3. I believe the point of the article about the 80 CEO’s is one that should embarrass the likes of Mittens Romney, the RepubliCANT congress, and Grover Norquist. These are the guys who are actually sitting behind the desks today and running companies on an on-going basis. Not guys who made their millions taking companies apart, not politicians who’s pockets are cash lined by lobbyists, and not pompous, wind-bag lobbyists who’ve never run a business in their lives.

    Having said that, Mrs. Neutron has a wonderful point. Corporations today are global, and couldn’t care less about the individual beyond what they might contribute as customers. Proof? These hypocritical CEO’s, making millions in salary and bonuses, while happily cutting jobs and freezing wages of their employees. Their self-serving messages come from speaking out of both sides of their greedy faces. On the one hand, this country cannot continue on the path of deficits of cuts to education that we are on. The government needs to fix this. On the other hand, don’t look to business to help out with the problem by providing jobs, living wages, health care or other benefits.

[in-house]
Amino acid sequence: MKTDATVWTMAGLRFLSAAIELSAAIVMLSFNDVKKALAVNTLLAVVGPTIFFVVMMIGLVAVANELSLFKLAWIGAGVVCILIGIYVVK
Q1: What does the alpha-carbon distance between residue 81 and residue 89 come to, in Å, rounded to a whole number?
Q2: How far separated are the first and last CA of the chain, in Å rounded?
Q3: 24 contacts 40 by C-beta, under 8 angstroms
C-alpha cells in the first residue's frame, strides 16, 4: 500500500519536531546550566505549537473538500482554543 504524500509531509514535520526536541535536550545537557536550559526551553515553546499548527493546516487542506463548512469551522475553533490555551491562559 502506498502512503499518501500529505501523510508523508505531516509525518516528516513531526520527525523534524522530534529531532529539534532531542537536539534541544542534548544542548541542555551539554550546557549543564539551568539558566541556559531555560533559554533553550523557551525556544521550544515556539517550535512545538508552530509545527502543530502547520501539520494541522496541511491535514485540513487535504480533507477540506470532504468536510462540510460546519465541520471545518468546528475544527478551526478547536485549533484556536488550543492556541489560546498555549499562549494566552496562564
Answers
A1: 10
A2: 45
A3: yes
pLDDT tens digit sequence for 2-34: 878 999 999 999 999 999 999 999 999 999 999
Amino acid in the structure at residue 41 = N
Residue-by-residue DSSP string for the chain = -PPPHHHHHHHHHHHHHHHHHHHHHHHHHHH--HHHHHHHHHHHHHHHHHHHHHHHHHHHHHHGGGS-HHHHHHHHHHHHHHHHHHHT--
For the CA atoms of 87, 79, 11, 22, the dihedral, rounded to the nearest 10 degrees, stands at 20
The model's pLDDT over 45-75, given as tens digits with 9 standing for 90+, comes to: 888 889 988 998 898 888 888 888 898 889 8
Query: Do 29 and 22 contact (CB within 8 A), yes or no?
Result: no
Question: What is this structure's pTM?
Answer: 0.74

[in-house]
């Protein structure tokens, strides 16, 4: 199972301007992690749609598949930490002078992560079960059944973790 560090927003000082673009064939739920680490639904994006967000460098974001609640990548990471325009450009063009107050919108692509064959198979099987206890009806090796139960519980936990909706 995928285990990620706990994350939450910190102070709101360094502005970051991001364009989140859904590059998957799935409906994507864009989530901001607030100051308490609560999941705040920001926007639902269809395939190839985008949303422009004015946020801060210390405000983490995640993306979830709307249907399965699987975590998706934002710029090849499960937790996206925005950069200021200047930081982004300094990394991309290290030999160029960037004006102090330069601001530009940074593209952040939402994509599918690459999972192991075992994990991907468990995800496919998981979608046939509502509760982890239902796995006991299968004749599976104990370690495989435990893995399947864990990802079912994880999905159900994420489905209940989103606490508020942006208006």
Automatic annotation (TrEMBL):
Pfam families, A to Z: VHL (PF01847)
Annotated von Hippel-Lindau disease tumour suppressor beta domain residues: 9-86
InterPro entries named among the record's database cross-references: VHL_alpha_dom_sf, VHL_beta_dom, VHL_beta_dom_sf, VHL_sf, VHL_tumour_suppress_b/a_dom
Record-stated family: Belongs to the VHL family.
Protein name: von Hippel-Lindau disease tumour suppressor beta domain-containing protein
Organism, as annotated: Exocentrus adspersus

• Barney and Mrs. Neutron, great comments and thanks for reading. I was away visiting one of my son’s at college, so I did not see your responses until today. I took away three major thrusts from the 80 CEOs banding together. I do like Mrs. N’s search for the elusive definition of what constitutes a great country, as we may have a totally different one from business leaders and extreme conservatives and liberals (and likely from each other as we all possess unique perspectives). The three thrusts are: 1) we have to do something about the deficit and debt, 2) we must include revenue increases which one party has off the table and actually wants to cut, and 3) we do need spending cuts. Mrs. N’s point about the global customer base is a good one as companies need people to buy their products and the market is bigger than just the US. Yet, we are still a huge chunk of buying power, so as we evolve more to a two class economic society, the ability for people to buy here is lessened. And, that is a problem. In my view, we need a scalpel not an axe to cut. One of the things I mentioned in my last post on “The Rich and the Rest of Us…” is the comment that 70% of food stamp recipients are white. There is an element of racism that exist in some members of the GOP and it is not quieted by the more reasonable parts of the party, so I wonder if this statistic if it were more known, would impact those who want to cut, cut, cut. I have found people like cutting something until they realize we are talking about your benefits. Great discussion. Thanks for following. BTG